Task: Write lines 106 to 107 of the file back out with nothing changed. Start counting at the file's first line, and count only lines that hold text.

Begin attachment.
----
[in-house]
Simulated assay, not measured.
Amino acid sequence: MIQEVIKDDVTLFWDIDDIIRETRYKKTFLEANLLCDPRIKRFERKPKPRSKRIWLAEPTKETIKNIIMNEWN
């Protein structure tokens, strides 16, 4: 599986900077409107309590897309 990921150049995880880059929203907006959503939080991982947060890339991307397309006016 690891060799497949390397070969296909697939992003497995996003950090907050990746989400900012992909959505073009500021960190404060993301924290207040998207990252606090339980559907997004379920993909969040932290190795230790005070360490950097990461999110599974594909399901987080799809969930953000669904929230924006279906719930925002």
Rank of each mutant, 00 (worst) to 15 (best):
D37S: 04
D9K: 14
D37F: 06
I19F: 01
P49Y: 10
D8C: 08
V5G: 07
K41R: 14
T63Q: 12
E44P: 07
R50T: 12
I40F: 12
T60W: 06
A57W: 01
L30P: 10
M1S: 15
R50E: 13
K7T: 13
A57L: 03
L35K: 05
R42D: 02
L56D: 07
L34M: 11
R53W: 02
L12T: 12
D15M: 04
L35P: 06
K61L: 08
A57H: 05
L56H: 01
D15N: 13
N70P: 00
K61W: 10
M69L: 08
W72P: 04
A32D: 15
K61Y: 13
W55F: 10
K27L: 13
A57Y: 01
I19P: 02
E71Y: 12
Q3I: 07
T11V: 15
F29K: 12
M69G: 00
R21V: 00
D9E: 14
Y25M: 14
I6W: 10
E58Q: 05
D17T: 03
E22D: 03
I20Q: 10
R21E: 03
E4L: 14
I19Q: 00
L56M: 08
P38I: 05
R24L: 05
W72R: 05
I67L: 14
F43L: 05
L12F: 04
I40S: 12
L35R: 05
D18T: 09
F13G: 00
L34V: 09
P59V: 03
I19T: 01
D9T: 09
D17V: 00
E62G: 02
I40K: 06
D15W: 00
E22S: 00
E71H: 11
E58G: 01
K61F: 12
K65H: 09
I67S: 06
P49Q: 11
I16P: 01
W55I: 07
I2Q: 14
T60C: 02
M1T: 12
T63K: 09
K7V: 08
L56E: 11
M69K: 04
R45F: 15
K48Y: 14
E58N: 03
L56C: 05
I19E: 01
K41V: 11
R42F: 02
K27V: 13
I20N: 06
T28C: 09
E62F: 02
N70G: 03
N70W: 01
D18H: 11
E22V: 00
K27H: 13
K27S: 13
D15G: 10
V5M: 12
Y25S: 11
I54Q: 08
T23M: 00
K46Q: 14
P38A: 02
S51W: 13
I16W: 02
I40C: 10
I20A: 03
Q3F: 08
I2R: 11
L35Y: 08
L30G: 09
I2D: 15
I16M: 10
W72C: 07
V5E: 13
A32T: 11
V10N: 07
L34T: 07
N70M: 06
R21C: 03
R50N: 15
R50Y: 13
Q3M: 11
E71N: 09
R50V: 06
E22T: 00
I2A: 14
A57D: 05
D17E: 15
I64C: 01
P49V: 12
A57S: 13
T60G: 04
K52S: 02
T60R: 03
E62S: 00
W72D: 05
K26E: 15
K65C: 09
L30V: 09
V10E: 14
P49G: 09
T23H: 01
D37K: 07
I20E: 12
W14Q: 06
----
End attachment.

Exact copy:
I20N: 06
T28C: 09